Will Maryland be able to grow enough pot?

WASHINGTON — Maryland is expected to roll out registration for medical marijuana this summer, and the state will award 15 cultivation licenses to growers to supply the tightly regulated market. But a cannabis consumer advocacy group doesn’t think 15 growers will be able to keep up with demand.

While the cultivation licenses have not been issued and it is unclear how large the cultivation centers will be or how much they will produce, the Cannabis Consumers Coalition says it estimates Maryland will come up about 41,000 pounds short to meet demand after reviewing consumption data in other states with legal marijuana programs.

The group is asking policymakers to increase the number of cultivation licenses to 25.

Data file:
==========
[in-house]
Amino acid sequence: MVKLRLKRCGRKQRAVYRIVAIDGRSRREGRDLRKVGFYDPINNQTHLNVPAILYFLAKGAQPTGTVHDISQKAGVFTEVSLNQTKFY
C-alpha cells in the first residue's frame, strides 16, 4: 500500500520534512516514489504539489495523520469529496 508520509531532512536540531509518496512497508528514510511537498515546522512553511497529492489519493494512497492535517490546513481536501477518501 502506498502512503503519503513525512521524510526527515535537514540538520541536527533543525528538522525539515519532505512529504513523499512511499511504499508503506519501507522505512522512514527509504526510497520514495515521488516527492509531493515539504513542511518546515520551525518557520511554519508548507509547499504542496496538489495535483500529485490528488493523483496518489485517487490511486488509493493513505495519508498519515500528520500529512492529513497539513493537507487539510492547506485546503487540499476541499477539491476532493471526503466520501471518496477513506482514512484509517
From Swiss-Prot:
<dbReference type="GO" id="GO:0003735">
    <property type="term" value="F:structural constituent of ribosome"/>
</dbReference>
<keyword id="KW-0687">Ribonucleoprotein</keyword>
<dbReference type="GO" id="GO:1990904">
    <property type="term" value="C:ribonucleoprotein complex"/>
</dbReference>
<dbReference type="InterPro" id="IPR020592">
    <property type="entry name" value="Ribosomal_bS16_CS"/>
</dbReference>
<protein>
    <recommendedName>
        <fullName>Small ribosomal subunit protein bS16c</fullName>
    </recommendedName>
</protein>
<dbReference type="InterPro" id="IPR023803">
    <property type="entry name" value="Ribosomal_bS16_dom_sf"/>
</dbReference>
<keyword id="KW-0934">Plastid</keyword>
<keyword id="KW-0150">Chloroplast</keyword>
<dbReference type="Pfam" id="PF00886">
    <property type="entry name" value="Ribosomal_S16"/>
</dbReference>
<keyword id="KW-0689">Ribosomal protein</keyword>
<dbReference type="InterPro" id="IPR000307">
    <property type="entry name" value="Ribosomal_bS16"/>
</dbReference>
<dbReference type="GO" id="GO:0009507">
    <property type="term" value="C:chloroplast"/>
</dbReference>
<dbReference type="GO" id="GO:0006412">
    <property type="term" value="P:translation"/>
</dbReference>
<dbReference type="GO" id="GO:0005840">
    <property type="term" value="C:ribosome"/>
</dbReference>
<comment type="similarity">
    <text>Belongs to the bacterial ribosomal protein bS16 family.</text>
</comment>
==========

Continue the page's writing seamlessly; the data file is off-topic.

The Maryland Medical Cannabis Commission isn’t ruling out possible changes.

“As the medical cannabis program moves into its operational phase, the Commission will continue to monitor the needs of certified patients and the ability of the program to meet those needs,” the Commission said in an emailed statement to WTOP.

Maryland expects 125,000 people to register as medical marijuana patients when it begins accepting enrollment this summer.  Those patients should be able to begin purchasing cannabis in early 2017.

Under the Maryland law, physicians will be able to write certifications for any ailment that has not been treatable through conventional methods.

The Medical Cannabis Commission received more than 1,000 applications for licenses to operate cultivation centers and dispensaries. In addition to the 15 cultivation licenses, Maryland will likely allow about 90 dispensaries across the state.

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